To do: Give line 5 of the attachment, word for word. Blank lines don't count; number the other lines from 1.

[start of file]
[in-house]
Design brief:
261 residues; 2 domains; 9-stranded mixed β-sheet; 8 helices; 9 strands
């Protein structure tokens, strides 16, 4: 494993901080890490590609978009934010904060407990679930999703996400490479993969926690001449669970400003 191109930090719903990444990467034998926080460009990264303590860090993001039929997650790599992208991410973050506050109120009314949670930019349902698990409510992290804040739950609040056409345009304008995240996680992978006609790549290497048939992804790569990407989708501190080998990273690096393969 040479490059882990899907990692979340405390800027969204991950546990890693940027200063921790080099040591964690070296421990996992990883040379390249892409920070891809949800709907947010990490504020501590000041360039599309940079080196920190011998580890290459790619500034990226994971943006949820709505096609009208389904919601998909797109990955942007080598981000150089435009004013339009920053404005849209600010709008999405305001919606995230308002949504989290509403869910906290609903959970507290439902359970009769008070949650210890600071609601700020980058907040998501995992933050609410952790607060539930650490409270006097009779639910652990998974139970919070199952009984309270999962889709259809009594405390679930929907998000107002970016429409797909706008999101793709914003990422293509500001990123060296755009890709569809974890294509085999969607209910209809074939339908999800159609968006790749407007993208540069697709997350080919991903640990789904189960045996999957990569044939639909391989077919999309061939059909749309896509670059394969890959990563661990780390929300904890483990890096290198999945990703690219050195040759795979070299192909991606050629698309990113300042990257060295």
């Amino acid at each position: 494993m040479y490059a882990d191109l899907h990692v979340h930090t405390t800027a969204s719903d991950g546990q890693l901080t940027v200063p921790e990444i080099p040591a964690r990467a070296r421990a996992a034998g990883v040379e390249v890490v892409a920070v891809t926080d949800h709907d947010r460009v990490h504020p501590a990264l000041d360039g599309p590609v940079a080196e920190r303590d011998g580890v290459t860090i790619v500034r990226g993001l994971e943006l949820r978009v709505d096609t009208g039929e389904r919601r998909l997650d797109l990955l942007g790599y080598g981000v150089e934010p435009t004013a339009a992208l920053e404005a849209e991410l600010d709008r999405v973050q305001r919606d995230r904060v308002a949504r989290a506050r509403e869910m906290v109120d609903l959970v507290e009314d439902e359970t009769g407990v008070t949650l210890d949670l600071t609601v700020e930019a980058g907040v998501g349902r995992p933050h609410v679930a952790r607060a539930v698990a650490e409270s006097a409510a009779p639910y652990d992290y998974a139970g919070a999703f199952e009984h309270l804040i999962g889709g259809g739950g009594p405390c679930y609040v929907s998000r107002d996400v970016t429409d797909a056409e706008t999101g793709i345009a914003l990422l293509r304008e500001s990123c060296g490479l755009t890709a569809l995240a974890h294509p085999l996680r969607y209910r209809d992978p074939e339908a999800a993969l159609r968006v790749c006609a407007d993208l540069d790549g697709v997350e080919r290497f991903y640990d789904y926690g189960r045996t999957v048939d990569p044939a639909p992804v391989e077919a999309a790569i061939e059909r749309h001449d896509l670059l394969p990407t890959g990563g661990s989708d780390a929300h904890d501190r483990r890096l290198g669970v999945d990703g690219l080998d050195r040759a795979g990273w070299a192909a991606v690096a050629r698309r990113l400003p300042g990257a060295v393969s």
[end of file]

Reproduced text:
């Amino acid at each position: 494993m040479y490059a882990d191109l899907h990692v979340h930090t405390t800027a969204s719903d991950g546990q890693l901080t940027v200063p921790e990444i080099p040591a964690r990467a070296r421990a996992a034998g990883v040379e390249v890490v892409a920070v891809t926080d949800h709907d947010r460009v990490h504020p501590a990264l000041d360039g599309p590609v940079a080196e920190r303590d011998g580890v290459t860090i790619v500034r990226g993001l994971e943006l949820r978009v709505d096609t009208g039929e389904r919601r998909l997650d797109l990955l942007g790599y080598g981000v150089e934010p435009t004013a339009a992208l920053e404005a849209e991410l600010d709008r999405v973050q305001r919606d995230r904060v308002a949504r989290a506050r509403e869910m906290v109120d609903l959970v507290e009314d439902e359970t009769g407990v008070t949650l210890d949670l600071t609601v700020e930019a980058g907040v998501g349902r995992p933050h609410v679930a952790r607060a539930v698990a650490e409270s006097a409510a009779p639910y652990d992290y998974a139970g919070a999703f199952e009984h309270l804040i999962g889709g259809g739950g009594p405390c679930y609040v929907s998000r107002d996400v970016t429409d797909a056409e706008t999101g793709i345009a914003l990422l293509r304008e500001s990123c060296g490479l755009t890709a569809l995240a974890h294509p085999l996680r969607y209910r209809d992978p074939e339908a999800a993969l159609r968006v790749c006609a407007d993208l540069d790549g697709v997350e080919r290497f991903y640990d789904y926690g189960r045996t999957v048939d990569p044939a639909p992804v391989e077919a999309a790569i061939e059909r749309h001449d896509l670059l394969p990407t890959g990563g661990s989708d780390a929300h904890d501190r483990r890096l290198g669970v999945d990703g690219l080998d050195r040759a795979g990273w070299a192909a991606v690096a050629r698309r990113l400003p300042g990257a060295v393969s």